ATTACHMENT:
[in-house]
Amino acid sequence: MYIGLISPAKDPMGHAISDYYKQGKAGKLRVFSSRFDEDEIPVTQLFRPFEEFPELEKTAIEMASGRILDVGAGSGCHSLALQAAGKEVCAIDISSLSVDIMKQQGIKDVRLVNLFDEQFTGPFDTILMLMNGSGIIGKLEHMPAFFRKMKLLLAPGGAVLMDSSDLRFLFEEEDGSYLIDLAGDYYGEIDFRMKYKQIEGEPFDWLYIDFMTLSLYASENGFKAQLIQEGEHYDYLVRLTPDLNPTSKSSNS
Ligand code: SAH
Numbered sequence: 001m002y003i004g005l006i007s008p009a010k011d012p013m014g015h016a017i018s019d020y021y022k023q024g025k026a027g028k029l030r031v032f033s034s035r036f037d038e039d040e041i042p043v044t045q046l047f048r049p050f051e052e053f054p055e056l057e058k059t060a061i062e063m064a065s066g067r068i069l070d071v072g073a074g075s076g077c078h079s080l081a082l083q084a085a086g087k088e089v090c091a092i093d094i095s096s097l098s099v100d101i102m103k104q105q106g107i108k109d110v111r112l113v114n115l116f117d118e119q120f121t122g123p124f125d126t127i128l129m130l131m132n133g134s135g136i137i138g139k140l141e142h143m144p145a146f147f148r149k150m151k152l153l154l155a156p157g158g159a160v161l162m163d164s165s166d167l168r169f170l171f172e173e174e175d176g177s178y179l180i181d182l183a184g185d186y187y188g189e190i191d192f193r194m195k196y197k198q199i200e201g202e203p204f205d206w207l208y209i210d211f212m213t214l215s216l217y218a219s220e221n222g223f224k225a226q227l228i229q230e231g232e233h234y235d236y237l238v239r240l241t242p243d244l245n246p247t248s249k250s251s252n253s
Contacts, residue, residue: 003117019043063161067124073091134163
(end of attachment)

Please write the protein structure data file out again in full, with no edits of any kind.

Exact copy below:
[in-house]
Amino acid sequence: MYIGLISPAKDPMGHAISDYYKQGKAGKLRVFSSRFDEDEIPVTQLFRPFEEFPELEKTAIEMASGRILDVGAGSGCHSLALQAAGKEVCAIDISSLSVDIMKQQGIKDVRLVNLFDEQFTGPFDTILMLMNGSGIIGKLEHMPAFFRKMKLLLAPGGAVLMDSSDLRFLFEEEDGSYLIDLAGDYYGEIDFRMKYKQIEGEPFDWLYIDFMTLSLYASENGFKAQLIQEGEHYDYLVRLTPDLNPTSKSSNS
Ligand code: SAH
Numbered sequence: 001m002y003i004g005l006i007s008p009a010k011d012p013m014g015h016a017i018s019d020y021y022k023q024g025k026a027g028k029l030r031v032f033s034s035r036f037d038e039d040e041i042p043v044t045q046l047f048r049p050f051e052e053f054p055e056l057e058k059t060a061i062e063m064a065s066g067r068i069l070d071v072g073a074g075s076g077c078h079s080l081a082l083q084a085a086g087k088e089v090c091a092i093d094i095s096s097l098s099v100d101i102m103k104q105q106g107i108k109d110v111r112l113v114n115l116f117d118e119q120f121t122g123p124f125d126t127i128l129m130l131m132n133g134s135g136i137i138g139k140l141e142h143m144p145a146f147f148r149k150m151k152l153l154l155a156p157g158g159a160v161l162m163d164s165s166d167l168r169f170l171f172e173e174e175d176g177s178y179l180i181d182l183a184g185d186y187y188g189e190i191d192f193r194m195k196y197k198q199i200e201g202e203p204f205d206w207l208y209i210d211f212m213t214l215s216l217y218a219s220e221n222g223f224k225a226q227l228i229q230e231g232e233h234y235d236y237l238v239r240l241t242p243d244l245n246p247t248s249k250s251s252n253s
Contacts, residue, residue: 003117019043063161067124073091134163